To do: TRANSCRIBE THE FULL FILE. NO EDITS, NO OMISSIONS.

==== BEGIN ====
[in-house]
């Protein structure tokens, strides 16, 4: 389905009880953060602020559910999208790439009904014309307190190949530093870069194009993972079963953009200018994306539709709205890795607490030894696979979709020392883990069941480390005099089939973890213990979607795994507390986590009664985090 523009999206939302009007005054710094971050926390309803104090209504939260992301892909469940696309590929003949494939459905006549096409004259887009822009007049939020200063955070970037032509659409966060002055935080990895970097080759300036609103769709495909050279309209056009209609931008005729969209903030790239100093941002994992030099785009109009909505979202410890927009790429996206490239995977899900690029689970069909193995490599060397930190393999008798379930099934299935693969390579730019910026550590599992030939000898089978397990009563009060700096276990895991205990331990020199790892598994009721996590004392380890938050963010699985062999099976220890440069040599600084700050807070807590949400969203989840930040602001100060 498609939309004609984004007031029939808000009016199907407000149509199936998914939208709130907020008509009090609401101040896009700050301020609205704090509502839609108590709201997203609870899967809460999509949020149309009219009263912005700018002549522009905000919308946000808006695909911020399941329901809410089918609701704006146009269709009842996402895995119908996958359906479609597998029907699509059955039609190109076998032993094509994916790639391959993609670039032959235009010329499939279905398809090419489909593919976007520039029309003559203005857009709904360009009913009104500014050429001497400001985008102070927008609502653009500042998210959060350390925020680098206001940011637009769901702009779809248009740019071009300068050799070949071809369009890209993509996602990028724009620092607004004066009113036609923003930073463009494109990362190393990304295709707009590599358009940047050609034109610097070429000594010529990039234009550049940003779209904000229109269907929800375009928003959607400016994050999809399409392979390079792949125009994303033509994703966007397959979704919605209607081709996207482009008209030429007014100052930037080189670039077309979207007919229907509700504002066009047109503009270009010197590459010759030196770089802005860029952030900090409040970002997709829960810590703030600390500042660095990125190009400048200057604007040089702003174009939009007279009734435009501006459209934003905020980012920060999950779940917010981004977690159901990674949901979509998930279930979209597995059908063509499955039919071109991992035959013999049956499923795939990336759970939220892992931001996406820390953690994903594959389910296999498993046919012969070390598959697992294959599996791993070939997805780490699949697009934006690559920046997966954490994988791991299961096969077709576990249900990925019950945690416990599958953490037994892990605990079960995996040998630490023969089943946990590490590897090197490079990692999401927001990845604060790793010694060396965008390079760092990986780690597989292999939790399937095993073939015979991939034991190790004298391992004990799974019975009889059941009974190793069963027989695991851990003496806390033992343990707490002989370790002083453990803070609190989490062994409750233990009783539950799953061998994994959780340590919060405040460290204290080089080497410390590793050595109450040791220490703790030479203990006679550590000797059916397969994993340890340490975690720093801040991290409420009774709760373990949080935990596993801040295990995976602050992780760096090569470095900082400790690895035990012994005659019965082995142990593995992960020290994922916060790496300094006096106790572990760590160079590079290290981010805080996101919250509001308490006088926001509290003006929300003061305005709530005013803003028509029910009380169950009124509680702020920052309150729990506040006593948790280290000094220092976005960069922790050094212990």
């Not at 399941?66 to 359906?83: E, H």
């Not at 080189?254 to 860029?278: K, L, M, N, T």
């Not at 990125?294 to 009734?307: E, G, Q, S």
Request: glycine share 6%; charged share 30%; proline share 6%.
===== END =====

[in-house]
């Protein structure tokens, strides 16, 4: 389905009880953060602020559910999208790439009904014309307190190949530093870069194009993972079963953009200018994306539709709205890795607490030894696979979709020392883990069941480390005099089939973890213990979607795994507390986590009664985090 523009999206939302009007005054710094971050926390309803104090209504939260992301892909469940696309590929003949494939459905006549096409004259887009822009007049939020200063955070970037032509659409966060002055935080990895970097080759300036609103769709495909050279309209056009209609931008005729969209903030790239100093941002994992030099785009109009909505979202410890927009790429996206490239995977899900690029689970069909193995490599060397930190393999008798379930099934299935693969390579730019910026550590599992030939000898089978397990009563009060700096276990895991205990331990020199790892598994009721996590004392380890938050963010699985062999099976220890440069040599600084700050807070807590949400969203989840930040602001100060 498609939309004609984004007031029939808000009016199907407000149509199936998914939208709130907020008509009090609401101040896009700050301020609205704090509502839609108590709201997203609870899967809460999509949020149309009219009263912005700018002549522009905000919308946000808006695909911020399941329901809410089918609701704006146009269709009842996402895995119908996958359906479609597998029907699509059955039609190109076998032993094509994916790639391959993609670039032959235009010329499939279905398809090419489909593919976007520039029309003559203005857009709904360009009913009104500014050429001497400001985008102070927008609502653009500042998210959060350390925020680098206001940011637009769901702009779809248009740019071009300068050799070949071809369009890209993509996602990028724009620092607004004066009113036609923003930073463009494109990362190393990304295709707009590599358009940047050609034109610097070429000594010529990039234009550049940003779209904000229109269907929800375009928003959607400016994050999809399409392979390079792949125009994303033509994703966007397959979704919605209607081709996207482009008209030429007014100052930037080189670039077309979207007919229907509700504002066009047109503009270009010197590459010759030196770089802005860029952030900090409040970002997709829960810590703030600390500042660095990125190009400048200057604007040089702003174009939009007279009734435009501006459209934003905020980012920060999950779940917010981004977690159901990674949901979509998930279930979209597995059908063509499955039919071109991992035959013999049956499923795939990336759970939220892992931001996406820390953690994903594959389910296999498993046919012969070390598959697992294959599996791993070939997805780490699949697009934006690559920046997966954490994988791991299961096969077709576990249900990925019950945690416990599958953490037994892990605990079960995996040998630490023969089943946990590490590897090197490079990692999401927001990845604060790793010694060396965008390079760092990986780690597989292999939790399937095993073939015979991939034991190790004298391992004990799974019975009889059941009974190793069963027989695991851990003496806390033992343990707490002989370790002083453990803070609190989490062994409750233990009783539950799953061998994994959780340590919060405040460290204290080089080497410390590793050595109450040791220490703790030479203990006679550590000797059916397969994993340890340490975690720093801040991290409420009774709760373990949080935990596993801040295990995976602050992780760096090569470095900082400790690895035990012994005659019965082995142990593995992960020290994922916060790496300094006096106790572990760590160079590079290290981010805080996101919250509001308490006088926001509290003006929300003061305005709530005013803003028509029910009380169950009124509680702020920052309150729990506040006593948790280290000094220092976005960069922790050094212990």
């Not at 399941?66 to 359906?83: E, H």
């Not at 080189?254 to 860029?278: K, L, M, N, T």
């Not at 990125?294 to 009734?307: E, G, Q, S």
Request: glycine share 6%; charged share 30%; proline share 6%.